acid sequence of a protein. Nonsynonymous change - mutation that changes the amino acid
sequence of a protein.
Table 1. The genetic code. Codon AA Codon AA Codon AA Codon AA TTT Phe TCT Ser TAT Tyr TGT Cys TTC Phe TCC Ser TAC Tyr TGC Cys TTA Leu TCA Ser TAA Stop TGA Stop TTG Leu TCG Ser TAG Stop TGG Trp
CTT Leu CCT Pro CAT His CGT Arg CTC Leu CCC Pro CAC His CGC Arg CTA Leu CCA Pro CAA Gln CGA Arg CTG Leu CCG Pro CAG Gln CGG Arg
ATT Ile ACT Thr AAT Asn AGT Ser ATC Ile ACC Thr AAC Asn AGC Ser ATA Ile ACA Thr AAA Lys AGA Arg ATG Met ACG Thr AAG Lys AGG Arg
GTT Val GCT Ala GAT Asp GGT Gly GTC Val GCC Ala GAC Asp GGC Gly GTA Val GCA Ala GAA Glu GGA Gly GTG Val GCG Ala GAG Glu GGG Gly
dN or Ka = the nonsynonymous substitution rate = # nonsynonymous changes / # nonsynonymous sites. dS or Ks = the synonymous substitution rate = # synonymous changes / # synonymous sites.
Interpretation of dN/dS ratios (assuming synonymous sites are neutral):
dN/dS = 1No constraint on protein sequence, i.e. nonsynonymous changes are neutral.
dN/dS < 1Functional constraint on the protein sequence, i.e. nonsynonymous mutations are deleterious.
dN/dS > 1Change in the function of the protein sequence, i.e. nonsynonymous mutations are adaptive.
Rapidly Evolving Genes
Nayak et al. 2005
dN increased by positive selection dN decreased by negative selection Problem: dN may be influenced by both and still be less than dS
BRCA1 sliding window Ka/Ks analysis
Branch Model (dN/dS) (rate heterogeneity)
15 copies in human Vary in copy in other primates
Johnson et al. 2001
Site Model (dN/dS) ● Positive selection on the egg receptor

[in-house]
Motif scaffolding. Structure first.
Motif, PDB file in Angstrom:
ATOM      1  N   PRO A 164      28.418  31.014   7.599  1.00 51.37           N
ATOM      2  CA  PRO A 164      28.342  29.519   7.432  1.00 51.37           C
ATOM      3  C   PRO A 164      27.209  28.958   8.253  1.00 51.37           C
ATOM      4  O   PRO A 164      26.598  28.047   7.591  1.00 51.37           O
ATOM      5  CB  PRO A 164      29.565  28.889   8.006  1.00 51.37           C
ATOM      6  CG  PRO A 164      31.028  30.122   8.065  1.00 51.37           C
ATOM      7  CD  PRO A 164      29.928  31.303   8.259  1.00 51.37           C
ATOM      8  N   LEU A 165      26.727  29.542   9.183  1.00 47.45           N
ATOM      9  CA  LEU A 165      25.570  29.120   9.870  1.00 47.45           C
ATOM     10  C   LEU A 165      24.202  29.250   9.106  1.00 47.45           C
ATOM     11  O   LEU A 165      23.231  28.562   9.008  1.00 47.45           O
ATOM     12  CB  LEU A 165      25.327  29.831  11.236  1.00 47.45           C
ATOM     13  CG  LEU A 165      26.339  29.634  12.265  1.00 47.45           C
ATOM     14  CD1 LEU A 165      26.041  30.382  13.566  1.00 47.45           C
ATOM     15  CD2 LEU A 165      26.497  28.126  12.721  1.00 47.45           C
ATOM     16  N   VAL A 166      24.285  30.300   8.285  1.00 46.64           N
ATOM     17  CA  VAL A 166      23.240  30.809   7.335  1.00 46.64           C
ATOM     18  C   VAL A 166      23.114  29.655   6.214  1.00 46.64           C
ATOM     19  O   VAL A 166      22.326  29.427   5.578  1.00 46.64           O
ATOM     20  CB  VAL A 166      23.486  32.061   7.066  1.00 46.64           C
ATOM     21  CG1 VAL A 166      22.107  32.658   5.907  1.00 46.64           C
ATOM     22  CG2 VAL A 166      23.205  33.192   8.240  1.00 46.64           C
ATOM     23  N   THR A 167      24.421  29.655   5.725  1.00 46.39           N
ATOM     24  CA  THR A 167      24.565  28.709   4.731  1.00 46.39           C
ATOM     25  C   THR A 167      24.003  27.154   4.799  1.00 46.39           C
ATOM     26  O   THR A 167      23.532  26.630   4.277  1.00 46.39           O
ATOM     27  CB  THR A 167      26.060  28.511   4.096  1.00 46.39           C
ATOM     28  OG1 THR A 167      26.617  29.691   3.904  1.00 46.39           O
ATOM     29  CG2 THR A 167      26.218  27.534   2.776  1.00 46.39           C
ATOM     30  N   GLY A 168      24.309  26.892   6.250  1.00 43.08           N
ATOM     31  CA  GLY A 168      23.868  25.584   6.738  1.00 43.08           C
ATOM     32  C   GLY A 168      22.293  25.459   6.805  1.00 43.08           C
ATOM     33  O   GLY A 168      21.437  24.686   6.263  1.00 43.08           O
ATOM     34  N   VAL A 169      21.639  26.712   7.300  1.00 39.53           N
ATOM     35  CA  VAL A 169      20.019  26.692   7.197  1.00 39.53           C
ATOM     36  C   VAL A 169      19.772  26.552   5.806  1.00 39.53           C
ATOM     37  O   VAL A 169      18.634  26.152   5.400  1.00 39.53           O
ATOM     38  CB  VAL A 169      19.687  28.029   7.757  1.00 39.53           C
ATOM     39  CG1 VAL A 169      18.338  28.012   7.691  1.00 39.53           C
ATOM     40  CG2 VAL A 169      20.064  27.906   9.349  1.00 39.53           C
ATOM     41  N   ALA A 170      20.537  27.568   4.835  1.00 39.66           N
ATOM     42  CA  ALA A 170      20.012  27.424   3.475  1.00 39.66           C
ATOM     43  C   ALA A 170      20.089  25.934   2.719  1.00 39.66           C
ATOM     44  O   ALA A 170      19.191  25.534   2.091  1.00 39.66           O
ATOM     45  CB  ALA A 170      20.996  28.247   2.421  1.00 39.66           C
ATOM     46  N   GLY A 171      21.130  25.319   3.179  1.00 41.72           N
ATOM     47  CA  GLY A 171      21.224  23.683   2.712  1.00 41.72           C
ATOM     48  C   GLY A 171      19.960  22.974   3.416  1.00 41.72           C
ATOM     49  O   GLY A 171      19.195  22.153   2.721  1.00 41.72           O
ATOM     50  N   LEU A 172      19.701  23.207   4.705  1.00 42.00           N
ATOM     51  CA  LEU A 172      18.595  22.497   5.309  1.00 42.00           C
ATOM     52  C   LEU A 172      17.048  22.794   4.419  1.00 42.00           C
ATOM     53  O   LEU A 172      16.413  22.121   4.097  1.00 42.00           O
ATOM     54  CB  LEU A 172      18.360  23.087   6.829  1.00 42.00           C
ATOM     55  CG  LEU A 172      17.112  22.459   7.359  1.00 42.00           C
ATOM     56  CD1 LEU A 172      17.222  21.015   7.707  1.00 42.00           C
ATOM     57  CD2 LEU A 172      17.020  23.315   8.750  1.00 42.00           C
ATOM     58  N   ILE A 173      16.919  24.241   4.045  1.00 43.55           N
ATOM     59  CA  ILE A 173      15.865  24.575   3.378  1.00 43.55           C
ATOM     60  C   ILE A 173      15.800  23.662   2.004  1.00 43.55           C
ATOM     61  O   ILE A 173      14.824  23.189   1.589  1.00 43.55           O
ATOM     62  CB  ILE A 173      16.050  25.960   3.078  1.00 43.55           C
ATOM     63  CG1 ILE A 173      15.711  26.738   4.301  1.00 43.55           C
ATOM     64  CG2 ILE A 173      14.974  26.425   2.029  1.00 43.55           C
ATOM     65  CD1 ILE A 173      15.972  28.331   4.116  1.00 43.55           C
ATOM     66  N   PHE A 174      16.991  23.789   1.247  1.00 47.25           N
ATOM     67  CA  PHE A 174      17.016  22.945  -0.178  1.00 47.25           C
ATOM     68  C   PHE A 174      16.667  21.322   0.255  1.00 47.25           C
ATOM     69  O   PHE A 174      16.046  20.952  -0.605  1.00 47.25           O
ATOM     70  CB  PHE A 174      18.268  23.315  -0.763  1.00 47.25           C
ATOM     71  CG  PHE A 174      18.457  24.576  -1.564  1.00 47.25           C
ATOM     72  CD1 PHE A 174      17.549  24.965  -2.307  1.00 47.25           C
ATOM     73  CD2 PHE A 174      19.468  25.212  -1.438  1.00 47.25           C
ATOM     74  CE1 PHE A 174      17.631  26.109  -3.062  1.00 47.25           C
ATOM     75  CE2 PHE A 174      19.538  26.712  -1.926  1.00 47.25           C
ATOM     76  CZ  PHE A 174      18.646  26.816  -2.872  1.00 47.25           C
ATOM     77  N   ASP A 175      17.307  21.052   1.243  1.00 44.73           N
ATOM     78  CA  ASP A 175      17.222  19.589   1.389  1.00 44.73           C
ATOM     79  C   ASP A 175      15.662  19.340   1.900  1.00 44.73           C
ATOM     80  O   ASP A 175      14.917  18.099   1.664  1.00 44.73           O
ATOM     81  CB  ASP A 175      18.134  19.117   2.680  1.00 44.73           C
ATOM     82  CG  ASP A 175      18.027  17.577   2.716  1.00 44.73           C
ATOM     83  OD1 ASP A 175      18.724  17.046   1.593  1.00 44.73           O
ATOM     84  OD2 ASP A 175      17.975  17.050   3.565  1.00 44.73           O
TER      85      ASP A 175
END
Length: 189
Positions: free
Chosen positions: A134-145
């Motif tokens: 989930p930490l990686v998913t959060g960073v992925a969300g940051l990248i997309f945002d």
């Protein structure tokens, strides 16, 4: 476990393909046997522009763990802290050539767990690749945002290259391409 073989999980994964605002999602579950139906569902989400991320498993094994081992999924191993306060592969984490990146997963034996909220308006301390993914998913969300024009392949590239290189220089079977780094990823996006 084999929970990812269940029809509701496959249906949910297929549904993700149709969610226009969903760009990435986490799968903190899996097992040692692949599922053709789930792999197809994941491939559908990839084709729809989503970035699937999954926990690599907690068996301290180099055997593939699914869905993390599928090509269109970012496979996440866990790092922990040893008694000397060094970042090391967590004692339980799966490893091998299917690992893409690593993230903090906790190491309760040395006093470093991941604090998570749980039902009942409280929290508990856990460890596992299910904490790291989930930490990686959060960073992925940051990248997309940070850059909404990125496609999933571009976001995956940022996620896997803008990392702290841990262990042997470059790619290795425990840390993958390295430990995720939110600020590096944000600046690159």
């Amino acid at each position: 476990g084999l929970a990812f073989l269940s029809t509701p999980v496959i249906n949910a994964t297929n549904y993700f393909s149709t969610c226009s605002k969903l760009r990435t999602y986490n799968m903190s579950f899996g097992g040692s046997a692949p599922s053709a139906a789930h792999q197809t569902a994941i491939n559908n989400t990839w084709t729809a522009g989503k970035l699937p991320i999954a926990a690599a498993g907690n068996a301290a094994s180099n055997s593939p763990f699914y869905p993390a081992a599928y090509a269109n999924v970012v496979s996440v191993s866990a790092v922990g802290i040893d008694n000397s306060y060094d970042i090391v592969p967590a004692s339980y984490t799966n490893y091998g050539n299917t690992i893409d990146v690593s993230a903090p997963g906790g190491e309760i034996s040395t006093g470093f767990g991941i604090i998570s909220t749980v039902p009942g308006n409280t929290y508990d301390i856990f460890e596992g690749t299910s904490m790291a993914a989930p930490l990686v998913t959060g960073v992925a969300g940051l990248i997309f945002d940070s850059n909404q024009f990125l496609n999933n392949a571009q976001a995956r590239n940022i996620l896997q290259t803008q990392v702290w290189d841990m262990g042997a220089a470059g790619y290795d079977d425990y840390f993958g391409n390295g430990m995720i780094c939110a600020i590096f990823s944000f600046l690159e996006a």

(VERL) for abalone sperm lysin. ● VERL – lysin are a lock and key for
fertilization. ● Co-evolution by sexual selection, conflict or
Gilando et al. 2003
Sites – methods Maximum Parsimony (Suzuki) Maximum Likelihood (PAML, HyPhy)
αs = synonymous rate
βs = nonsynonymous rate
R = tv/ts
πny = frequency of target nucleotide n in codon y
Models for the Evolution of Transcription Factor Binding Sites
● Sequence ~ binding affinity (Schneider et al. 1986, Berg and von Hippel 1987) ● Binding affinity ~ fitness (Gerland and Hwa 2002, Sengupta et al. 2002) ● Fitness ~ substitution rate (Moses et al. 2004)
Moses et al. 2004
Molecular Evolution (Comparative Genomics)
Annotation of genes, regulatory sequences and other functional elements
Functional sequences will remain conserved across distantly related species whereas non-functional sequences will accumulate changes
Evolution of genes, regulatory sequences and other functional elements
Species-specific functional sequences
Functional sequences with new or modified functions
Species Conserved* Conserved Noncoding (non-repetitive aligned)
Humans 3-8% 21% Waterston et al. (2002)
Worms 18-37% 18% Shabalina & Kondrashov (1999)
Flies 37-53% 40-70% Andolfatto (2005)
Yeast 47-68% 30-40% Chin et al. (2005), Doniger et al. (2005)
*Siepel et al. (2005)
Deletion and expression assays of conserved noncoding sequences
Pennacchio et al. 2006 Yun et al. 2012
Scan for positively selected genes using the branch-site model
Koisol et al. (2014)
Models of molecular evolution
➔Tree is correct ➔Alignments are correct ➔Sites are independent ➔Stationarity and time reversibility ➔Mutational & selection parameters
2 1 1 3 3 1 4 15 3 5 954 105
10 34,459,425 2,027,025
Table 1. Number of possible rooted and unrooted trees.
Number of sequences
Number of rooted trees
Number of unrooted trees
Taxonomists have long debated phylogenetic methods.
There are many types of methods:
Character state methods (also called cladistic methods), like parsimony.
Distance or similarity based methods (also called phenetic methods), like UPGMA.
Maximum likelihood and Bayesian Methods.
Parsimony (non-parametric) and Maximum likelihood (parametric) are both used when phylogeny is critical.
PAUP PHYLIP MEGA MrBayes
Table 2. Distance matrix. Sequence A B C A B d(AB) C d(AC) d(BC) D d(AD) d(BD) d(CD) Each d is the dist